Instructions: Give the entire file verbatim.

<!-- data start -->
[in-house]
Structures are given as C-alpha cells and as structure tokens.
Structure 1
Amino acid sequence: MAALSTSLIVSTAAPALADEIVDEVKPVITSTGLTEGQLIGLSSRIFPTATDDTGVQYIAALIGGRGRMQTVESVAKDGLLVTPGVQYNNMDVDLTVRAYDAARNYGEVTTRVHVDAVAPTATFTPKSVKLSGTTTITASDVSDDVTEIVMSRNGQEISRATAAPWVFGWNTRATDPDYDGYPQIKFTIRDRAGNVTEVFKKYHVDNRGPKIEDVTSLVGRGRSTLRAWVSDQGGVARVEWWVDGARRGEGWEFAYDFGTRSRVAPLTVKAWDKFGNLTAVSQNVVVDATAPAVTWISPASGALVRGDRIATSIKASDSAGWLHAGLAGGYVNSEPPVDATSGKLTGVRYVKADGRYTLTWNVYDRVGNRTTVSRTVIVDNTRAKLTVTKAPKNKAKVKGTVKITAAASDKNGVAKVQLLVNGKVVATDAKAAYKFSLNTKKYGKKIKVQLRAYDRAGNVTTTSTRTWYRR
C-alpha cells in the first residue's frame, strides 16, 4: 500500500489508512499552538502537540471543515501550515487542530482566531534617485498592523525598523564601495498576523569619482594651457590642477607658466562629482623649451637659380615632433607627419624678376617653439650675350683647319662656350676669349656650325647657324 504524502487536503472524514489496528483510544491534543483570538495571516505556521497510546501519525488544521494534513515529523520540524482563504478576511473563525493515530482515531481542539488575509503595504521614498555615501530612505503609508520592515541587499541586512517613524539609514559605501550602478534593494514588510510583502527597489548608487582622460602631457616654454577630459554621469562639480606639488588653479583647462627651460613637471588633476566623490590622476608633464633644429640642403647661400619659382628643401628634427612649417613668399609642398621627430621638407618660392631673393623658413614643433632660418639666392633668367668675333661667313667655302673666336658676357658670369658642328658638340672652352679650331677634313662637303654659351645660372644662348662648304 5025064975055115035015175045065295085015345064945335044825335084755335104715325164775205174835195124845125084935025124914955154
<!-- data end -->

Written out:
[in-house]
Structures are given as C-alpha cells and as structure tokens.
Structure 1
Amino acid sequence: MAALSTSLIVSTAAPALADEIVDEVKPVITSTGLTEGQLIGLSSRIFPTATDDTGVQYIAALIGGRGRMQTVESVAKDGLLVTPGVQYNNMDVDLTVRAYDAARNYGEVTTRVHVDAVAPTATFTPKSVKLSGTTTITASDVSDDVTEIVMSRNGQEISRATAAPWVFGWNTRATDPDYDGYPQIKFTIRDRAGNVTEVFKKYHVDNRGPKIEDVTSLVGRGRSTLRAWVSDQGGVARVEWWVDGARRGEGWEFAYDFGTRSRVAPLTVKAWDKFGNLTAVSQNVVVDATAPAVTWISPASGALVRGDRIATSIKASDSAGWLHAGLAGGYVNSEPPVDATSGKLTGVRYVKADGRYTLTWNVYDRVGNRTTVSRTVIVDNTRAKLTVTKAPKNKAKVKGTVKITAAASDKNGVAKVQLLVNGKVVATDAKAAYKFSLNTKKYGKKIKVQLRAYDRAGNVTTTSTRTWYRR
C-alpha cells in the first residue's frame, strides 16, 4: 500500500489508512499552538502537540471543515501550515487542530482566531534617485498592523525598523564601495498576523569619482594651457590642477607658466562629482623649451637659380615632433607627419624678376617653439650675350683647319662656350676669349656650325647657324 504524502487536503472524514489496528483510544491534543483570538495571516505556521497510546501519525488544521494534513515529523520540524482563504478576511473563525493515530482515531481542539488575509503595504521614498555615501530612505503609508520592515541587499541586512517613524539609514559605501550602478534593494514588510510583502527597489548608487582622460602631457616654454577630459554621469562639480606639488588653479583647462627651460613637471588633476566623490590622476608633464633644429640642403647661400619659382628643401628634427612649417613668399609642398621627430621638407618660392631673393623658413614643433632660418639666392633668367668675333661667313667655302673666336658676357658670369658642328658638340672652352679650331677634313662637303654659351645660372644662348662648304 5025064975055115035015175045065295085015345064945335044825335084755335104715325164775205174835195124845125084935025124914955154